Day 013-2 (F, 120113) — Weighing-In . . . Again; METH for Ankle Injuries?

“Happiness and misery consist in a progression towards better or worse; it does not matter how high up or low down you are, it depends not on this, but on the direction in which you are tending.” — Samuel Butler

To Weigh or Not to Weigh?  My last post mentioned Low Carb Learning.  Today, we take a look at another of Mark’s posts, this one about whether or not dieters should weigh-in and, if so, how frequently.  I think he nails it pretty well.

Weighing Yourself Frequently

This is a big one (no pun intended)! It ranks right up there with the low-fat dieters mantra of ‘losing weight too fast is not healthy’. LOL. To which I always respond, “So staying fat longer is healthier?” Back to my point: a lot of folks warn to avoid the scale. If you’re in relatively good shape this makes sense – it’s about inches and muscle definition. If you’re obese then it makes no sense to me. While yes, ultimately, it is about inches and proportion/definition, but if you weight 400 pounds guess what? The number matters. And the best way I know, that isn’t a pain in the ass that requires precision measurement, is to track your progress daily using a simple household scale. But many disagree. The typical argument is that the scale is to be avoided for one of the following reasons:

  1. “It isn’t as accurate as calipers, or a tape measure, etc.”To their point it’s hard to disagree, but getting precision with a tape measure is not guaranteed, and getting imprecise with calipers is almost a guarantee unless you want to tattoo your body with points of measurement…and really, again, if you’re 400 pounds then you need to get down in weight, period. The scale don’t lie.
  2. “It’s best to weigh yourself weekly or monthly, so as not to get discouraged by the daily fluctuations of the scale.” This one has never made any sense to me. If I’m eating something that causes me to gain weight, I want to know as soon as possible. Not wait a week or longer to be ‘surprised’.

I do have to take issue with his last comment on #1 — the scale can lie.  It’s just that it can be the easiest of bad options to remedy.

The key element to successful scale use: focus on using the scale the exact same way every time:

  • Same foot placement (it makes a difference)
  • Same center of gravity (it makes an even bigger difference)
  • Same head position (it can shift your COG)
  • Take 5-10 readings and average them

Do these things consistently and you will find your scale offers a relatively accurate trend over time.


Stuff to Read.  Here are a few articles I’ve come across recently which you may find interesting.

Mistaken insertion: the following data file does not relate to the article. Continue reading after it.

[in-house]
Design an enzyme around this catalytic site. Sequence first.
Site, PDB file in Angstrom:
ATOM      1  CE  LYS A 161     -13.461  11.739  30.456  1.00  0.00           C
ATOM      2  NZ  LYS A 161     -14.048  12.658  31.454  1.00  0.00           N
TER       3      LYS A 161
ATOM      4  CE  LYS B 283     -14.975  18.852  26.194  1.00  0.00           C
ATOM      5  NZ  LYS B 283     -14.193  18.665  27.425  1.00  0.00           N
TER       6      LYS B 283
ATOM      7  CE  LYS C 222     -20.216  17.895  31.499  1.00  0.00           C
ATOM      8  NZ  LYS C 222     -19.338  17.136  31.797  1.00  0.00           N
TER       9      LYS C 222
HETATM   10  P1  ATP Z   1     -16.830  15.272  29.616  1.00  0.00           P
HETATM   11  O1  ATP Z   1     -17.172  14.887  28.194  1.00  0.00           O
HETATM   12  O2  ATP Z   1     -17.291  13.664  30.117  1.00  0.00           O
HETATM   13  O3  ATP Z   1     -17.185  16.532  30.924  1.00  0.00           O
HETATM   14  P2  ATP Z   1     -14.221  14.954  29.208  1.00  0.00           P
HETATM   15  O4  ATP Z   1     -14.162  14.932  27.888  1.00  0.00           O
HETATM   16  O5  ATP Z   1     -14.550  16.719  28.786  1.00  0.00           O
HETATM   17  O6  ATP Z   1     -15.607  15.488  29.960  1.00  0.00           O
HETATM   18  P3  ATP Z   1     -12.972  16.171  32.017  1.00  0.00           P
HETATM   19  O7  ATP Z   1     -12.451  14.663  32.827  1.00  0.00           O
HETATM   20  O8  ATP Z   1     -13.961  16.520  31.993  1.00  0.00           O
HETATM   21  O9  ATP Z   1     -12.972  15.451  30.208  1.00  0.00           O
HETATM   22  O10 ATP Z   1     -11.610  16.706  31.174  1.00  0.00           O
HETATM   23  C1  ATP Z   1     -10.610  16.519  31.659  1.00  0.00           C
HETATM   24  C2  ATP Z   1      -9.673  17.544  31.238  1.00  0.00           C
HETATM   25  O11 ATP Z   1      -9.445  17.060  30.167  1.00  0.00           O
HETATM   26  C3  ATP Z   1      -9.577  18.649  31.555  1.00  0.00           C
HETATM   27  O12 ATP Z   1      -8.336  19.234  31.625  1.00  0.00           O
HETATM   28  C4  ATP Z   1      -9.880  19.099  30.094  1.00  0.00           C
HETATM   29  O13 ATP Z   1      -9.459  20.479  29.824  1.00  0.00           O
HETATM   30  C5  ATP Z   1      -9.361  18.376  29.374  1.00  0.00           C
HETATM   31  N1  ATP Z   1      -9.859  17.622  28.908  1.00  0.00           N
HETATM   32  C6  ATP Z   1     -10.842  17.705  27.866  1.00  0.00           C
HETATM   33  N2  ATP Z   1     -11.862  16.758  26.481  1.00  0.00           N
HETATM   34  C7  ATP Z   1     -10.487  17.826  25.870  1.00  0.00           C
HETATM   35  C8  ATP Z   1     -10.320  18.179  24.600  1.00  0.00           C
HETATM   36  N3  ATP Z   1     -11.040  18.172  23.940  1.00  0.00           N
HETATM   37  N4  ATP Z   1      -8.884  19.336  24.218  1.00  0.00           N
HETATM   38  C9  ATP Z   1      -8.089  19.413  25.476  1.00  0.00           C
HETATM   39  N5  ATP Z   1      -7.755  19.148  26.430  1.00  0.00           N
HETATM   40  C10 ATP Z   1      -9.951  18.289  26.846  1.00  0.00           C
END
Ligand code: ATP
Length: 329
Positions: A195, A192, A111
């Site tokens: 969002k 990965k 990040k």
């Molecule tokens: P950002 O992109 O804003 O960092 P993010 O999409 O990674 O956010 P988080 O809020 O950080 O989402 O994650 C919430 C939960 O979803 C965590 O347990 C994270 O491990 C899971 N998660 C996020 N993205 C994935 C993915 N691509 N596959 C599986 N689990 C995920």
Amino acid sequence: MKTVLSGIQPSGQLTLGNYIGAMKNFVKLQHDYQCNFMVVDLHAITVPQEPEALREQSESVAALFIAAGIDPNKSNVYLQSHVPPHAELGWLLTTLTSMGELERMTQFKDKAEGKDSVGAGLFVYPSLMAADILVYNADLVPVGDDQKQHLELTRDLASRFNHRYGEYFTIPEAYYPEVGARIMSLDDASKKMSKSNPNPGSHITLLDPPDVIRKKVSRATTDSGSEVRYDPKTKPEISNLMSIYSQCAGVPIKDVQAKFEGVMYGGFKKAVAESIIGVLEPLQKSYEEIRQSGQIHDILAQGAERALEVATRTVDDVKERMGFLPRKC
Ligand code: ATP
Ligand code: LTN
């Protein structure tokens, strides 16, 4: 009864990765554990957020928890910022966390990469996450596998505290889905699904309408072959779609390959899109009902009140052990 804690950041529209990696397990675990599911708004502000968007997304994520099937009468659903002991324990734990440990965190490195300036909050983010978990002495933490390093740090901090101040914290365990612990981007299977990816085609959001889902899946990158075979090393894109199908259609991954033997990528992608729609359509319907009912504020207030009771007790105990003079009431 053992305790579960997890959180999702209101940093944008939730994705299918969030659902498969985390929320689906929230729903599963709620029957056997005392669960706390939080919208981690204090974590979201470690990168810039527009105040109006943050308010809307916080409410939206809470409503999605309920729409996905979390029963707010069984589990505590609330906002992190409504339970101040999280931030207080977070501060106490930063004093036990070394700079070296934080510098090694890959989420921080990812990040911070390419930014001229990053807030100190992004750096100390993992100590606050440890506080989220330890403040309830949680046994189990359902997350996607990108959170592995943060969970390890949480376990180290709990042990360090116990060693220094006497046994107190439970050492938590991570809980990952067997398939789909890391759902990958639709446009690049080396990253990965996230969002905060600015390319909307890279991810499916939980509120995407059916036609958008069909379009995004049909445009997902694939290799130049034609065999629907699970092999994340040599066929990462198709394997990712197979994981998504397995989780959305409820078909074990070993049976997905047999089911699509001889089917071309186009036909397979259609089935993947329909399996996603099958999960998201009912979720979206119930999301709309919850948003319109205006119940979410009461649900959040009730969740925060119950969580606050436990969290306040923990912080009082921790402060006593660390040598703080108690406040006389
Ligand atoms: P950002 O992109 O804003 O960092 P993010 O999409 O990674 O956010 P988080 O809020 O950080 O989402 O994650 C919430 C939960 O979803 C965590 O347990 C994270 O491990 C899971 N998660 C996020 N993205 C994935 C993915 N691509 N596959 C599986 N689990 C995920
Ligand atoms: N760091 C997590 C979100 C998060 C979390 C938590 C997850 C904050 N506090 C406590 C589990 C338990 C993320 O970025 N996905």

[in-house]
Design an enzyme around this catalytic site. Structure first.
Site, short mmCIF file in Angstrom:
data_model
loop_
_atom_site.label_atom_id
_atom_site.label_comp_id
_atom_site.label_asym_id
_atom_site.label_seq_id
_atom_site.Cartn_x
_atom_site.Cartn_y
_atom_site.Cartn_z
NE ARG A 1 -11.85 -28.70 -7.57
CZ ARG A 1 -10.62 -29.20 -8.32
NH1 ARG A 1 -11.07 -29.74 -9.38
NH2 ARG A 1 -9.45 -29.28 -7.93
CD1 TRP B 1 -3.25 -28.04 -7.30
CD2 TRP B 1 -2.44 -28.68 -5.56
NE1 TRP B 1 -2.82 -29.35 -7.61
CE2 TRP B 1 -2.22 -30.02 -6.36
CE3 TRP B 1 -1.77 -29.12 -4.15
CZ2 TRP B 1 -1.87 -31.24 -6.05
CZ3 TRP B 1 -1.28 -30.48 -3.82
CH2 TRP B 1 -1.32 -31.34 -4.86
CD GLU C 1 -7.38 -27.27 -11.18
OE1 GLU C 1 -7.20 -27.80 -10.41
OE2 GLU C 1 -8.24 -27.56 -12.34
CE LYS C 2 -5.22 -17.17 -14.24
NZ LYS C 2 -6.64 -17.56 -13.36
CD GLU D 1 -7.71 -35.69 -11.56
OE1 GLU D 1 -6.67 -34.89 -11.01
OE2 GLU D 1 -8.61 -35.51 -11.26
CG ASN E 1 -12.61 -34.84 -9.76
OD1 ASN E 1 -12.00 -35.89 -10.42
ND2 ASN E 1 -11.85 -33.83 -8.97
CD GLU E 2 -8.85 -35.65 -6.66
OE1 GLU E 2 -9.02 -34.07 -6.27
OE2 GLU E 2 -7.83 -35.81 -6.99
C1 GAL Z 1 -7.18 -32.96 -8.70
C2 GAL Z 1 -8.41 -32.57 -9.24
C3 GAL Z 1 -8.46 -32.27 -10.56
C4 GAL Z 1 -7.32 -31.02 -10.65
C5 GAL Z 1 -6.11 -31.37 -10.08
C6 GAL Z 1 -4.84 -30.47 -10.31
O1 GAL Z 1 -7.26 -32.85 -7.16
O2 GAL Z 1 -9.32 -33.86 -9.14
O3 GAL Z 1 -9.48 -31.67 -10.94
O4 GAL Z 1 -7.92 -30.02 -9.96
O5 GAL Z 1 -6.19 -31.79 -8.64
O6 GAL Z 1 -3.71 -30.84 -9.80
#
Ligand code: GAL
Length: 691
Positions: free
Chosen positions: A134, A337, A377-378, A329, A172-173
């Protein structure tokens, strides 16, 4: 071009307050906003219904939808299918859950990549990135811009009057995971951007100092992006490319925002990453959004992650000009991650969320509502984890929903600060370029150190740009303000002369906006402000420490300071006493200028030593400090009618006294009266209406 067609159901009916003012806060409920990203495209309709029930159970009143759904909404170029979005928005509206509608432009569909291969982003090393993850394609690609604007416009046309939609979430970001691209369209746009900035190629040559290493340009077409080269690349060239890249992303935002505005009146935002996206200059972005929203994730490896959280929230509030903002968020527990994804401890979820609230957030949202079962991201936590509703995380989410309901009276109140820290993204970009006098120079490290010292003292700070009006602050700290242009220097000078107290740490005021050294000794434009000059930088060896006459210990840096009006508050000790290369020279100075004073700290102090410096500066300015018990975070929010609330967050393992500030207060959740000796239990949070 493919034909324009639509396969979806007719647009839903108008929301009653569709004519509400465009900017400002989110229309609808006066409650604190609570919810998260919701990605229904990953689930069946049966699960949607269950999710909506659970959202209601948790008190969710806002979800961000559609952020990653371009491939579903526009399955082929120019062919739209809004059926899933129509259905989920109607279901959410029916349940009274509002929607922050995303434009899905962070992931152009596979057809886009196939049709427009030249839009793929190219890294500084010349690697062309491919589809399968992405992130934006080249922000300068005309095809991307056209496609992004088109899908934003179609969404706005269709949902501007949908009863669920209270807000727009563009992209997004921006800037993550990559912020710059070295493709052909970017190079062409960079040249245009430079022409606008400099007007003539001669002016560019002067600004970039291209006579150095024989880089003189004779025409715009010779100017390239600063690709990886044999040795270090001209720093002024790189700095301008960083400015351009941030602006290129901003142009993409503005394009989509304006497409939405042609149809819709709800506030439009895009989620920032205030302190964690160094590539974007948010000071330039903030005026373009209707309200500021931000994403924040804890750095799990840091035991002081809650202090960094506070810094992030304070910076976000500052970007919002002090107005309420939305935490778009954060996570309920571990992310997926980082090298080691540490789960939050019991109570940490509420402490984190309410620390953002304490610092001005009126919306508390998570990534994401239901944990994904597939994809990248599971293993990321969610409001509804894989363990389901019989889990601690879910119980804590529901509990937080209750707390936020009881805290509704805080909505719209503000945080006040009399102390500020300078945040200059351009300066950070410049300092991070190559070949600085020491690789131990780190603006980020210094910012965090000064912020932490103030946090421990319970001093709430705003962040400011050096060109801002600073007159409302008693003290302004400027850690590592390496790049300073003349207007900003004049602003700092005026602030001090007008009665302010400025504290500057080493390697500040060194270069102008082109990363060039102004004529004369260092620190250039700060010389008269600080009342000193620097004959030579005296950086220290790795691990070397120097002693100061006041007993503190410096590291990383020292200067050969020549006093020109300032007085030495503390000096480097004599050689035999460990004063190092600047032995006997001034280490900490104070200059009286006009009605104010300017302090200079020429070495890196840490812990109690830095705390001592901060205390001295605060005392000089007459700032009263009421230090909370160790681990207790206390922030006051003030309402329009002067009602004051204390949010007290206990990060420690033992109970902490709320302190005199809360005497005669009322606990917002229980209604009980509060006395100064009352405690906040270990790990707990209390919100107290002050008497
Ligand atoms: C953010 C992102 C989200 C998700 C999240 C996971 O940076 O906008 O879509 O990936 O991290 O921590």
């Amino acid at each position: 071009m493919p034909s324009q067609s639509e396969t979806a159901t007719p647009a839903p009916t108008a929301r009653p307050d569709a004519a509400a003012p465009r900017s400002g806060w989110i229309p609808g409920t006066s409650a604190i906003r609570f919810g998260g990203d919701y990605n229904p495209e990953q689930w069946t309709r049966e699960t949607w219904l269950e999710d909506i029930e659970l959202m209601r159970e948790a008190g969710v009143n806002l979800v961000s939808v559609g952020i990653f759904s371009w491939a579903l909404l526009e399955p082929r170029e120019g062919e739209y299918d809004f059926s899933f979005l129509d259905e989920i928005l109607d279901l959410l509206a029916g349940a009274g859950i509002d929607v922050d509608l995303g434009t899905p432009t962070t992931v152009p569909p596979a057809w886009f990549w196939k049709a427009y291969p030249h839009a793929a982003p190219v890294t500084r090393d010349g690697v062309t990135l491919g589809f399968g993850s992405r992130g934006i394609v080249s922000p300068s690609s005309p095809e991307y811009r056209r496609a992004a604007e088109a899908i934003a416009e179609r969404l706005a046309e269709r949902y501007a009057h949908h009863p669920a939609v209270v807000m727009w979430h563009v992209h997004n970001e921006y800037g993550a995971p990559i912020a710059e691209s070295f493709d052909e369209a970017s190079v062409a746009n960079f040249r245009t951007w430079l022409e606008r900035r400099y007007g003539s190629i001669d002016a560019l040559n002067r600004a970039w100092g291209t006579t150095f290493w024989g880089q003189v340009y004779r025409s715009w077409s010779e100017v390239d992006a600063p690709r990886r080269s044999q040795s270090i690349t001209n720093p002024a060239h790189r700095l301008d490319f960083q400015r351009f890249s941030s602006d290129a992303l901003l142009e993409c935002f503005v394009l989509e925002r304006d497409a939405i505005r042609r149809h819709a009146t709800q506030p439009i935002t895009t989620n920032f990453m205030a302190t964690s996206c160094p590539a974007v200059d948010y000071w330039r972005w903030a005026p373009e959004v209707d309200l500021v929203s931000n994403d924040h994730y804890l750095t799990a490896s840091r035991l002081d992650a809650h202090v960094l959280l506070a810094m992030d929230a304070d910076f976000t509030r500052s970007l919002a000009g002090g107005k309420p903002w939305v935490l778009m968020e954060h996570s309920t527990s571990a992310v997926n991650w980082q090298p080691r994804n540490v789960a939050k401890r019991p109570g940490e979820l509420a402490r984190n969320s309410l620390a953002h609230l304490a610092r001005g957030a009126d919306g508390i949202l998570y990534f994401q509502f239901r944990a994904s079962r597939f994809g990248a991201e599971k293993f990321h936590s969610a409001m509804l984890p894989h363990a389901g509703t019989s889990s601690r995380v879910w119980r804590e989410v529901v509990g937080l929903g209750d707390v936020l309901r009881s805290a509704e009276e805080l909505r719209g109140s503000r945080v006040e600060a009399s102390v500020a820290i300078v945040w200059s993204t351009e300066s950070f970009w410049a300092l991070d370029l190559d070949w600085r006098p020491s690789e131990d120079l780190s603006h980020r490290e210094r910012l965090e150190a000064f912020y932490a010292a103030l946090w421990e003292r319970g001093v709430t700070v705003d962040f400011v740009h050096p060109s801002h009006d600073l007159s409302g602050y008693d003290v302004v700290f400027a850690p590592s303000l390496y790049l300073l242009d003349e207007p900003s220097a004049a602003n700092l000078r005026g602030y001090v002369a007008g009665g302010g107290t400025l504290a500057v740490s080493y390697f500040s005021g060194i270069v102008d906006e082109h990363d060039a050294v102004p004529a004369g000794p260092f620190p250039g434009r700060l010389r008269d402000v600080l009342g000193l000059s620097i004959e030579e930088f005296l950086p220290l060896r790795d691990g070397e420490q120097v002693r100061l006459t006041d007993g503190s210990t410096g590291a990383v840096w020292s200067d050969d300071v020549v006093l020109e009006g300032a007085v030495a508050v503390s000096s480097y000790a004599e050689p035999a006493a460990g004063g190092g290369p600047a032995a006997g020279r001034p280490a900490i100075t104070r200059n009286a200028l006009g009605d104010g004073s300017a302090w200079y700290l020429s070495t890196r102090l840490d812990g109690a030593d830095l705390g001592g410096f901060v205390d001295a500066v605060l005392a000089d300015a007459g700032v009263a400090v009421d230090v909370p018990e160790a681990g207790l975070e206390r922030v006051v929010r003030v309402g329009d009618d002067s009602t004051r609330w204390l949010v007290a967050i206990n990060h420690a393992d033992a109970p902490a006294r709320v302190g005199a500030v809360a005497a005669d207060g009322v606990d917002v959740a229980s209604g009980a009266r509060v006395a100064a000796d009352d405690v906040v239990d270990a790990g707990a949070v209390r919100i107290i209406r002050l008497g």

• 7 Smart Ways to Stay Active This Winter — timely advice from the good people at SparkPeople.
  • Weight Loss Supplements: Fact or Fiction? — SparkPeople examines a long list of supplements which are supposed to offer health benefits.  Conclusion?  Most are utter bullshit.  My answer: stop looking for a shortcut pill, folks.  Magic doesn’t exist.  Find a program that works for you and stick with it.
  • Treat Ankle Injuries with METH — No, not the stuff that rots your teeth.  That won’t heal your ankle injury (but it just might let you ignore it long enough to do some serious damage).  I’ve praised RICE as a rehabilitation method before.  METH is Movement, Elevation, Traction, and Heat.  I may explore this alternative next time I get an injury. We shall see.

2 responses to “Day 013-2 (F, 120113) — Weighing-In . . . Again; METH for Ankle Injuries?

  1. Personally, the scale is just one tool in monitoring my weight. I look at it as a fast and accessible way to gauge my progress, but I find that in order not to be discouraged by the number on the scale I have to adjust my mindset.

    Being significantly overweight myself, the number looking back at me can be very daunting. I don’t weigh every day because for me it’s just too depressing. I know how much weight I can realistically lose in a week. I set that goal and check myself weekly. If I were to check more frequently than that, it’s likely that I would get discouraged and sabotage myself.

    But I know people who insist on monitoring weight by the scale daily and swear by it. I guess if I were going to weigh daily I would simply have to work on adjusting my expectations and realign my thinking. So much of my issues surrounding weight and eating are psychological, and using the scale daily would just mean more cognitive work on my part.

    The point I am trying to make is that I think we all have to find a way that works for us, and for myself that is weekly weigh-ins combined with periodic measuring with a tape (I measure an area three times and use the average). That’s not to say I won’t increase checking my weight on a scale more frequently in the future. I just have to prepare myself mentally if I’m going to do that.

    • Sounds like me, Amy: too frequent weighing-in would drive me nuts!*

      I started weighing-in with Weight Watchers weekly at the meetings, so I’ve been lucky in that I’ve never done the daily weighing-in that some people do.

      After skipping three months to focus on subjective standards, I will call that personal experiment a failure and go back to having regular, objective-if-not-wholly-accurate, measurements.

      I am switching it a bit, though, and only weighing-in every two weeks. I’ll try this for a while — seeking periodic normative feedback but otherwise focusing on subjective results — and report back later on the results.

      Work smart and work strong, my friend. =)

      New John

      * Then again, if it works for those who do it, who am I to complain? More power to them, I say.

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